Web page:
City Manager Yi-An Huang, Mayor Sumbul Siddiqui, and Geeta Pradhan
When the Foundation looks at problems in Cambridge, we seek big, bold solutions.
That’s why we partnered with the City of Cambridge to develop the program for Rise Up Cambridge, the first non-lottery cash assistance program in the country supporting all eligible families at or below 250 percent of the federal poverty line. Cambridge has about 1,200 families with children living at or below 100 percent of the federal poverty line and this program takes a big leap forward in stabilizing our poorest families.
The new program, announced by the City of Cambridge May 2, will offer $500 a month for 18 months to 2,000 families with children in Cambridge, with payments beginning July 1. Working with the City and our community partners, CCF helped design the program, the implementation plan, and communications strategy, and will be measuring the impact over the life of the program. Applications open June 1.
“We have always seen the role of the Foundation to address our most challenging problems, and we do our work through partnerships,” said Geeta Pradhan, CCF’s president. “In this case the City, the Foundation and our community partners saw the opportunity to make measurable impact on the lives of the people who need it most. While there are other guaranteed income programs, this one is unique – it will serve every eligible family that applies for funds.”
Through Rise Up Cambridge about 7,000 people, of which more than half are children under the age of 21, will have additional funds to help with whatever their families need.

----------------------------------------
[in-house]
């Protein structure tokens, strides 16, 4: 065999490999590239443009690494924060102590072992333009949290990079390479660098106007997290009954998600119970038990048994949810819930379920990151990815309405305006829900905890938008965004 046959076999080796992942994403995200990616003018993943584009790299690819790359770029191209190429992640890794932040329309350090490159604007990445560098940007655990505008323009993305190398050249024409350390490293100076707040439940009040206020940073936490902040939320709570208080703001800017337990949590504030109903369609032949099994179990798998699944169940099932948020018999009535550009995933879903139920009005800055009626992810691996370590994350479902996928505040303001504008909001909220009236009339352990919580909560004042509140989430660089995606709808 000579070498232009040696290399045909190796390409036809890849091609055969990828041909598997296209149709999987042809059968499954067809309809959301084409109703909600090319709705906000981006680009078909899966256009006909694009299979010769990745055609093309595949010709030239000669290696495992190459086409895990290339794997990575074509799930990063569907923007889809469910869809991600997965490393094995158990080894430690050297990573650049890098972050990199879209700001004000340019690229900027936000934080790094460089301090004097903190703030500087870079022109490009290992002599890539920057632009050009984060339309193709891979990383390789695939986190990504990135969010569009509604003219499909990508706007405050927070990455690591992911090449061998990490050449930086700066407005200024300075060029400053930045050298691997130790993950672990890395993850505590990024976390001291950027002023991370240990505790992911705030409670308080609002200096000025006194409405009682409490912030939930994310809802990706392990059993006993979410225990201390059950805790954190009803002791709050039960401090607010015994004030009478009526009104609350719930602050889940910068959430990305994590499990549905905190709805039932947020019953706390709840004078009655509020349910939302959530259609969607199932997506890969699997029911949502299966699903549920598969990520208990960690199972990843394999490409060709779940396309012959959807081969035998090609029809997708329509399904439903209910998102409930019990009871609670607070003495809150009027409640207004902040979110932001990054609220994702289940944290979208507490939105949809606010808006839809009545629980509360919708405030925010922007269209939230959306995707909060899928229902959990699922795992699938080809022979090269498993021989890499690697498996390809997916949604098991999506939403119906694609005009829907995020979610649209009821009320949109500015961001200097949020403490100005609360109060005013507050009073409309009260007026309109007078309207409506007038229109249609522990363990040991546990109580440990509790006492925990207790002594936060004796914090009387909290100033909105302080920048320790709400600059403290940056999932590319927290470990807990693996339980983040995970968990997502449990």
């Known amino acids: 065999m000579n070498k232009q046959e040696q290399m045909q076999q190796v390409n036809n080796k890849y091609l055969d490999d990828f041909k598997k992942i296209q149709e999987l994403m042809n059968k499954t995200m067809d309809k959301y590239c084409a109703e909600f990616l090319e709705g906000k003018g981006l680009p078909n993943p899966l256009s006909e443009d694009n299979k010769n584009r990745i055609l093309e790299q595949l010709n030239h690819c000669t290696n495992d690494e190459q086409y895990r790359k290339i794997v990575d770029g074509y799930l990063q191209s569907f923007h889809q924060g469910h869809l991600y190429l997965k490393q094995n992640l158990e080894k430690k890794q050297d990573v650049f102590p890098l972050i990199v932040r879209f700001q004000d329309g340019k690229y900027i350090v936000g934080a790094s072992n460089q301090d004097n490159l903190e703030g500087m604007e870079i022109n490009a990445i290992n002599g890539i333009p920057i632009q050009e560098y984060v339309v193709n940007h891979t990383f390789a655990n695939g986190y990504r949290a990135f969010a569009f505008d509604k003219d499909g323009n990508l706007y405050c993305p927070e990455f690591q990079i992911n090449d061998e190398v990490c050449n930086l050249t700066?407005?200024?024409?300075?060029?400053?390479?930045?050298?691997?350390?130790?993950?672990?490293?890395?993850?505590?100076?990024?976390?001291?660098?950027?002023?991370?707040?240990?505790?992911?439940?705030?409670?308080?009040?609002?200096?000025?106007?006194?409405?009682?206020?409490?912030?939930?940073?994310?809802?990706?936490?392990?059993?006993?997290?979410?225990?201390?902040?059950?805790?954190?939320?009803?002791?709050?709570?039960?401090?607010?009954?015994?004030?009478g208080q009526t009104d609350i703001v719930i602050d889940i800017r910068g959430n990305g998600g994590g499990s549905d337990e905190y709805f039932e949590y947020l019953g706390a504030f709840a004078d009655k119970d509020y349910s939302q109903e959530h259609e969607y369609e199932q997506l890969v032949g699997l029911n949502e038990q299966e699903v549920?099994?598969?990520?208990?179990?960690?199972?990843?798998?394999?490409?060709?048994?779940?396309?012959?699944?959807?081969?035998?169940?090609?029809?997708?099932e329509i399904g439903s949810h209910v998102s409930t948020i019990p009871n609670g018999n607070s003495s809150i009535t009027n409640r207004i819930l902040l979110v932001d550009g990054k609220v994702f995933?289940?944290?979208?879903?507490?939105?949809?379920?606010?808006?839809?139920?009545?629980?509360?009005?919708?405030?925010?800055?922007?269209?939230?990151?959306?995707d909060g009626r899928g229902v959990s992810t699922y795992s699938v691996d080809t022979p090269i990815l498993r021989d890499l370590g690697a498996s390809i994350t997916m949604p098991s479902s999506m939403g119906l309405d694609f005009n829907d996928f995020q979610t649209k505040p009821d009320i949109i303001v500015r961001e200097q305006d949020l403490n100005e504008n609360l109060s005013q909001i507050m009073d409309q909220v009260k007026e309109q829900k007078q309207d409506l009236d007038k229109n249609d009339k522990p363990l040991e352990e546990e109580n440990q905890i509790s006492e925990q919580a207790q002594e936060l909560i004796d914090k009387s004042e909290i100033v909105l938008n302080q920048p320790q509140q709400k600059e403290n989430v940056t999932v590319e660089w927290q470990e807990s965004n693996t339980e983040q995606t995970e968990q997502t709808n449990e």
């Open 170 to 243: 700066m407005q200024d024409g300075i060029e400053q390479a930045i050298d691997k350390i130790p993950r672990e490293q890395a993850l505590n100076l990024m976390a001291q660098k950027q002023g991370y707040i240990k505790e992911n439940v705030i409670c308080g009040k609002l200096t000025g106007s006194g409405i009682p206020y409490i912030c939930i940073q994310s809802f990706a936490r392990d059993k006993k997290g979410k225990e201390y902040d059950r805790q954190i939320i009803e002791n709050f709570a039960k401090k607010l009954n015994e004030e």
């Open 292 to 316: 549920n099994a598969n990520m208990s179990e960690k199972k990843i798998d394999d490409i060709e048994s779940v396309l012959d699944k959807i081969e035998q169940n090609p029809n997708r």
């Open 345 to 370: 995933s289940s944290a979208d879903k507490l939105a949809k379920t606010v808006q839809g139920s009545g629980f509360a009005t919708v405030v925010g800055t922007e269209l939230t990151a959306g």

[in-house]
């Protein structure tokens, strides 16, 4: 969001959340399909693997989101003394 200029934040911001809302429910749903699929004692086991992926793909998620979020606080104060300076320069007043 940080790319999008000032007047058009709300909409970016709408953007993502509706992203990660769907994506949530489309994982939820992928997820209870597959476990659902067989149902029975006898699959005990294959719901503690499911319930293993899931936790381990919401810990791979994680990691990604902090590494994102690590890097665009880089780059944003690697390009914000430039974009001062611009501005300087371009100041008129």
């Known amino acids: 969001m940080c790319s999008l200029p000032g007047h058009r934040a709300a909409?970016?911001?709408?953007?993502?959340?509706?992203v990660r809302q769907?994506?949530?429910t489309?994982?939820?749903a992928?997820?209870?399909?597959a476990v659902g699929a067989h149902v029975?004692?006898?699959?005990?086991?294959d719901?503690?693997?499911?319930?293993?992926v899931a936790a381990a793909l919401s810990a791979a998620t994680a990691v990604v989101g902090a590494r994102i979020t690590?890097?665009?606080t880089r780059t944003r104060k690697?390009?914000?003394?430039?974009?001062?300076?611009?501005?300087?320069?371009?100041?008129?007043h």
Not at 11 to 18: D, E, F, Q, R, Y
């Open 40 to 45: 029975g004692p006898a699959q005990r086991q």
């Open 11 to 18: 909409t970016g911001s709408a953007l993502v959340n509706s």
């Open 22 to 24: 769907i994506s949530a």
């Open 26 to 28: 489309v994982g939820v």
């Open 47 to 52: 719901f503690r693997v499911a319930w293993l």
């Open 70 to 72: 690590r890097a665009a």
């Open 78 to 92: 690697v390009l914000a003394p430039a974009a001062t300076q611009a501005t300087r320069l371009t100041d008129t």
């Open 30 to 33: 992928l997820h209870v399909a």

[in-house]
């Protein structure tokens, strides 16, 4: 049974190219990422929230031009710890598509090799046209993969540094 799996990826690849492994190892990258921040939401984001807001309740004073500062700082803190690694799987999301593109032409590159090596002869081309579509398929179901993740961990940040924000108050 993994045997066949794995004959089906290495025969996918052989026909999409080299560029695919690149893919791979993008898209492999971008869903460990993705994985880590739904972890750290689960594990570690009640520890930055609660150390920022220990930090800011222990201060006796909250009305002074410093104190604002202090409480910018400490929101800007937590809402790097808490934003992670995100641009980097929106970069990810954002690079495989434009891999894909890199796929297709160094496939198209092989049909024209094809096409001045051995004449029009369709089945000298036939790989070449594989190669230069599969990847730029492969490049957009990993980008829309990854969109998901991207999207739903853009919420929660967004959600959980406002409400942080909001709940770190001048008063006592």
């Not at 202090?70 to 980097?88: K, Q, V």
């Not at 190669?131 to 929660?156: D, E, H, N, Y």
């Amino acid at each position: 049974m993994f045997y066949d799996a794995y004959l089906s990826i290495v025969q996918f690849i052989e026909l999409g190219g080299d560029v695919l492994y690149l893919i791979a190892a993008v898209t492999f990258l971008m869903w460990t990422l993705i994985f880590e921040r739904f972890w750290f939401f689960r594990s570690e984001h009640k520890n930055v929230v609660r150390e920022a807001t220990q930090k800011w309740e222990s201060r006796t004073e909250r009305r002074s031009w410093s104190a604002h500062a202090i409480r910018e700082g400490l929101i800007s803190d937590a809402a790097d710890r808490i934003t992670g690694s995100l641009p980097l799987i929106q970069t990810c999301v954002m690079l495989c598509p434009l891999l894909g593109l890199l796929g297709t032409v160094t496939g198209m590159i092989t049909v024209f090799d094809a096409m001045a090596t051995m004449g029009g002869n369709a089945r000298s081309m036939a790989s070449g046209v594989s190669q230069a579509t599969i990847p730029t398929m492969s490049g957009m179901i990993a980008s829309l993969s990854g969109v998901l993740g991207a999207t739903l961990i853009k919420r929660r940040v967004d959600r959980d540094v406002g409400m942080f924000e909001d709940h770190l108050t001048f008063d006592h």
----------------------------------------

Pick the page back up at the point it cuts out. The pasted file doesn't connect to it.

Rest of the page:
Cambridge is a high-cost city. According to the Economic Policy Institute, it costs $130,740 for a two-parent household with two children to live in Cambridge, and the 2023 federal poverty level for that household is just $30,000.
“The poverty standards in this country are unrealistic and outdated,” said Geeta. “Our hope is that the data from this city-wide, non-lottery program, and the stories and insights that emerge will shed important light on the current poverty standards and shift the narrative on poverty and those who live in poverty.”
“It is simply unacceptable that in the wealthiest country on earth, residents who work two and three jobs can’t afford basic necessities,” said Mayor Sumbul Siddiqui, “but we know that is the reality here in Cambridge. Families living in poverty simply do not have enough money to make ends meet and cash assistance changes that circumstance and empowers residents to decide how best to meet their financial needs and goals.”
CCF first joined the guaranteed basic income movement in 2021 with Mayor Siddiqui to develop Cambridge RISE, a guaranteed income pilot program that provided $500 a month to 130 single caregivers for 18 months. The pilot ended in February 2023; families used the money to cover utilities and bills, childcare, and after school activities for children; some single mothers used the funds to pay for college courses and meet their career goals.
“The Cambridge RISE program showed community and philanthropy at its best – instigating change, innovating, and pushing a great idea forward,” said Geeta. “These sorts of partnerships, that engage our city, our nonprofit partners, our universities – like Harvard and MIT — and business community, and generous donors — are essential as we tackle the big social problems our city faces.”
For CCF, Rise Up Cambridge is an opportunity to help families move from scarcity to stability. Poverty is very complex, and the program offers a short-term respite for local families. But CCF is committed to working with our progressive city to identify great ideas and build up bold solutions and strategies rooted in dignity.